Credible U.S. press reports yesterday revealed that cell phones found on the attackers in the September 13 attack on the U.S. embassy in Kabul were linked to Pakistani intelligence officials. The U.S. has long known that Pakistan’s intelligence agency, the Directorate of Inter-Services Intelligence (ISI), works closely with the Haqqani insurgent network, which has been responsible for some of the fiercest attacks against U.S. and coalition soldiers in Afghanistan. But if media reports on the cell phone links are accurate, this would be the first time the U.S. has a “smoking gun” on Pakistani involvement in a direct attack on U.S. civilian interests.
If Pakistani leaders maintain their defiance in light of the new information on the cell phone links of the attackers to Pakistani intelligence, the U.S. should begin to take punitive steps toward Islamabad that could presage a breakdown in U.S.–Pakistan diplomatic relations.
Attempts to Salvage Relationship Prove Fleeting
U.S.–Pakistan relations have been severely strained since the May 2 raid that killed Osama bin Laden. The Obama Administration had advocated for maintaining diplomatic relations and aid programs to Pakistan amidst growing doubts on Capitol Hill about the merits of continuing the engagement. Members of Congress suspected that parts of the Pakistani security establishment had helped protect bin Laden and had grown increasingly frustrated with Pakistan’s resistance to cutting links to Afghan insurgents attacking U.S. and coalition forces. The Administration’s argument for engagement seemed to be justified, however, when Pakistan recently signaled that it would welcome back some of the U.S. military trainers that had been kicked out of the country shortly after the bin Laden raid.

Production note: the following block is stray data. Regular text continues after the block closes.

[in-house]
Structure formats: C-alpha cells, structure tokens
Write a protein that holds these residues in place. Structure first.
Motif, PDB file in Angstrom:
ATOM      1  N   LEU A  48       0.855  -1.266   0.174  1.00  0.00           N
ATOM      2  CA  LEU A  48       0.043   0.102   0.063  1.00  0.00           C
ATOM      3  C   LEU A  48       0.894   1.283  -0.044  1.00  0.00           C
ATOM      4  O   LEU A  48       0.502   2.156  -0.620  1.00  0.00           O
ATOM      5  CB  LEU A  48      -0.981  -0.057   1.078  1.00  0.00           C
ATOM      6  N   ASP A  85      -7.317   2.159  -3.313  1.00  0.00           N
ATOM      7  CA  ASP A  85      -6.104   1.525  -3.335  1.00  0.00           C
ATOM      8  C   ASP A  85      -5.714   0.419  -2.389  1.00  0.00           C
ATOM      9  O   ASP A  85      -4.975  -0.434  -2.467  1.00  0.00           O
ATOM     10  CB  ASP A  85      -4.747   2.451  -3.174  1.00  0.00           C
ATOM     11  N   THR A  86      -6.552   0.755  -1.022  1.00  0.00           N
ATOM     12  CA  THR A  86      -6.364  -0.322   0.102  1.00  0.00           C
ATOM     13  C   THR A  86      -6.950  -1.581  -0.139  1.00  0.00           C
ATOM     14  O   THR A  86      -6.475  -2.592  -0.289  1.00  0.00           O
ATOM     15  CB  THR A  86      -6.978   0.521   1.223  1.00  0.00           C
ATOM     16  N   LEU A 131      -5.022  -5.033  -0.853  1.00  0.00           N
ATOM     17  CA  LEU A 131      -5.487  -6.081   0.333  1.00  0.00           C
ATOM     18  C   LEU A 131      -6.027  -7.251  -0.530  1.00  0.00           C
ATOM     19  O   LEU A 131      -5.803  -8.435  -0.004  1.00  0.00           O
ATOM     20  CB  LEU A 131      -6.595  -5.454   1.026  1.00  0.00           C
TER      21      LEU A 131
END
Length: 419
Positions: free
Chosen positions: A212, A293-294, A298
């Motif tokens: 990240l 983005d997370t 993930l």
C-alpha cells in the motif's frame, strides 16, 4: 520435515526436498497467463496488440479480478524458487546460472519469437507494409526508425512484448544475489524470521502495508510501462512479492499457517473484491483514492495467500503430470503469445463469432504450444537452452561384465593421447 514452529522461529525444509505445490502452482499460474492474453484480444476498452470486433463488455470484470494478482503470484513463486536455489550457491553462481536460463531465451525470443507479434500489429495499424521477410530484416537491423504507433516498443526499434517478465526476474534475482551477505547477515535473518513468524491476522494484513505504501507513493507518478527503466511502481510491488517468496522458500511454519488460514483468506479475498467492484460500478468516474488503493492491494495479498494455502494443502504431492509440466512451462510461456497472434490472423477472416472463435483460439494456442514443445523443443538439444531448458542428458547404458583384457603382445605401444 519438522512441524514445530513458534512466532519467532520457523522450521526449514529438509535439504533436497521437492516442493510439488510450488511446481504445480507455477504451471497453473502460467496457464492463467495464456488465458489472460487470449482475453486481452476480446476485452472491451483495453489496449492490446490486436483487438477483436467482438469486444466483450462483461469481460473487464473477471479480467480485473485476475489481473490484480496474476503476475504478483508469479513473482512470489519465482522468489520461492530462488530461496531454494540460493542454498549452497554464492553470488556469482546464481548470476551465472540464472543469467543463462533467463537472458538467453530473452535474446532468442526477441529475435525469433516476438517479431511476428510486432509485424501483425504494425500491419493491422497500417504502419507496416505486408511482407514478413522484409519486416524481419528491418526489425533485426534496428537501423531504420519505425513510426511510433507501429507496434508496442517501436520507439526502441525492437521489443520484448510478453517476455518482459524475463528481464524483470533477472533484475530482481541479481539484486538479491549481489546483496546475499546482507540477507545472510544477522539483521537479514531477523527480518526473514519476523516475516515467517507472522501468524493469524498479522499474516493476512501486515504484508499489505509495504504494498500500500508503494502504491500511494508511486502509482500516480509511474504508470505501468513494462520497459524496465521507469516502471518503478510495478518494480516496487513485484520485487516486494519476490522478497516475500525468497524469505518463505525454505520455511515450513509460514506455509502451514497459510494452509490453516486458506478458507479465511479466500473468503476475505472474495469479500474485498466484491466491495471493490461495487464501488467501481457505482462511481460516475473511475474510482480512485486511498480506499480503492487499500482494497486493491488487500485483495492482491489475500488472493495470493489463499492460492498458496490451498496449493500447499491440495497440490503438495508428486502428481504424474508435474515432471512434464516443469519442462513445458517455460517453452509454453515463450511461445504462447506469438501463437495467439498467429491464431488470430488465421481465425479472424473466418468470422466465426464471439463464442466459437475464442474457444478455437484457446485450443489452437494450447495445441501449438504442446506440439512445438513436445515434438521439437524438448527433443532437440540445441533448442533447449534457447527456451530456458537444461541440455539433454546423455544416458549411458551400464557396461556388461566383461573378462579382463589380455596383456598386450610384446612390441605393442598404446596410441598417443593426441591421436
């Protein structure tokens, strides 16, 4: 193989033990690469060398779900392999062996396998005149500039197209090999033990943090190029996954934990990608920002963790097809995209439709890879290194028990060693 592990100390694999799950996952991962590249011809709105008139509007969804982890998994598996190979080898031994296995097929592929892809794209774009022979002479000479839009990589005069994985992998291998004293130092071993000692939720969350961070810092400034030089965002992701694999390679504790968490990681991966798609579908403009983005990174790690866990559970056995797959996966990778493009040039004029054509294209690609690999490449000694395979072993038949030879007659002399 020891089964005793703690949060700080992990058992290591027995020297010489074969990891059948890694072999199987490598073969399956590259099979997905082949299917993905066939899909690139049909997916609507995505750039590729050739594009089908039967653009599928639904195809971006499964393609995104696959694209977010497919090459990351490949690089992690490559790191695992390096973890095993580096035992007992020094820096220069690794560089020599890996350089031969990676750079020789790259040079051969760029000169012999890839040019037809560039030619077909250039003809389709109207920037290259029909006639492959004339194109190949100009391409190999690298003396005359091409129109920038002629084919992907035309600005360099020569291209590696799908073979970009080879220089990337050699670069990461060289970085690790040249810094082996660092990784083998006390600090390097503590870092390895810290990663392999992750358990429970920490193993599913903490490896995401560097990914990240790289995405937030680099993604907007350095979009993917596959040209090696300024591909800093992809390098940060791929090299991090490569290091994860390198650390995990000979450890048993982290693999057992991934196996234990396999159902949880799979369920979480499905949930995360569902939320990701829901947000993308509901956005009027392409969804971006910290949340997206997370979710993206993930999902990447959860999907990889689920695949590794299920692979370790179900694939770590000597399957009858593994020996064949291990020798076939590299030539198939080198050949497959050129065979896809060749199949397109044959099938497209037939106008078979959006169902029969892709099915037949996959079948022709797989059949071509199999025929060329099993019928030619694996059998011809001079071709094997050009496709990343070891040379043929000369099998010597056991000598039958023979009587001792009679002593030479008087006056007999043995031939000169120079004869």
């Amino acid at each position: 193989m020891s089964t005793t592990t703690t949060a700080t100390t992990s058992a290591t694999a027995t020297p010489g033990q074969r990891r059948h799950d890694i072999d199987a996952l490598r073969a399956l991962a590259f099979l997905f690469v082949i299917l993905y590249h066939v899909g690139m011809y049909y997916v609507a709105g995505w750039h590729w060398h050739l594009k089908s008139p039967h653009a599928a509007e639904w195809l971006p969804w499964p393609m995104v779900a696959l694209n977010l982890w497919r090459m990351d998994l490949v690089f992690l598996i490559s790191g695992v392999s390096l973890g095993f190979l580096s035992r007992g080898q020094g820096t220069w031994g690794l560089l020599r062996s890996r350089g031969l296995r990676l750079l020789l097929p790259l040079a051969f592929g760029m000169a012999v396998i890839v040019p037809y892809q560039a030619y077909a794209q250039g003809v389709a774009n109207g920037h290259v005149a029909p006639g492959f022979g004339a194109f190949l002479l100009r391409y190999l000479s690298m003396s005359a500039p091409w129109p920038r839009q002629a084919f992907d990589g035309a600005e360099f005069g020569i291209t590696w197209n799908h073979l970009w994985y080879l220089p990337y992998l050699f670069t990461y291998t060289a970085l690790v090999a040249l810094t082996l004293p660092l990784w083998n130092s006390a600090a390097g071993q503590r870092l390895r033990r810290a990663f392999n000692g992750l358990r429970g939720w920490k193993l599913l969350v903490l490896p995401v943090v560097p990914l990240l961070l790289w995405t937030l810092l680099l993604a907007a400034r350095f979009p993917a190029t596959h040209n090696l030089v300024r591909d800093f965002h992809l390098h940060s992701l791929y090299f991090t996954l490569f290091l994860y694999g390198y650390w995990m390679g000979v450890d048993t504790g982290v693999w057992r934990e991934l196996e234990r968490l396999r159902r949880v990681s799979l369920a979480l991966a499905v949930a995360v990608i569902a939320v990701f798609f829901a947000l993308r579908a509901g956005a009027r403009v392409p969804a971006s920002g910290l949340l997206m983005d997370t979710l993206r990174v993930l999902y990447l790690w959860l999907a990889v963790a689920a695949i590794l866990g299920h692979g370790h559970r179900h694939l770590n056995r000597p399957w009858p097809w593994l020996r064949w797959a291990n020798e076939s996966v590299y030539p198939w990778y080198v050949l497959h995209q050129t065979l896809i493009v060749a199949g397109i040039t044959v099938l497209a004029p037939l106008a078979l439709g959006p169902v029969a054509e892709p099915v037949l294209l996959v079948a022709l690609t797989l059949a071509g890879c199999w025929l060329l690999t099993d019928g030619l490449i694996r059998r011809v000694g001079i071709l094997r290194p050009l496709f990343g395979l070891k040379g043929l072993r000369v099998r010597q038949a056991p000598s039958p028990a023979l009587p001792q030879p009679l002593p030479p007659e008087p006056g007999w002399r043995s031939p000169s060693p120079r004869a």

But yesterday’s bombshell changes everything. Unless Pakistan agrees to take recourse against those ISI officials involved in the September 13 attack and to work more closely with the U.S. in confronting the Haqqani network, the U.S. will have to recalibrate its policy toward Pakistan, despite the potential negative repercussions for other U.S. interests in the region. As The Wall Street Journal noted in one of its editorials today, “The U.S. cannot be seen before the world, or more especially by the American people, turning a blind eye to Pakistan’s complicity in the murder of U.S. citizens serving in Afghanistan.”
In the event that Pakistan maintains its defiant attitude and refuses to take action against the perpetrators of the attacks on the U.S. embassy, the U.S. must move forward with the following plan of action:
Suspend all assistance programs to Pakistan, including civilian aid. Even though it is the military and intelligence establishment that bears responsibility for the attack, it would be nearly impossible to provide effective civilian aid programs without its cooperation. If the U.S.–Pakistan military relationship becomes more hostile, U.S. aid officials and contractors would be even less safe than they are already, and, since Pakistani civilian leaders have been unable to forge independent counterterrorism policies from the military, the U.S. would find it increasingly difficult to justify any aid to the government, parts of which are involved in attacking the U.S.
Recall the American ambassador to the U.S. for consultations on future policies toward Pakistan. The Obama Administration has seemed paralyzed over its policy toward Pakistan ever since the bin Laden raid. The intelligence linking Pakistan to the attack on the U.S. embassy should shake the Administration out of this paralysis. The attack shows that the U.S.’s inability to bring change to Pakistan’s counterterrorism policies is risking the entire NATO war effort in Afghanistan and the international community’s ability to defeat global terrorism.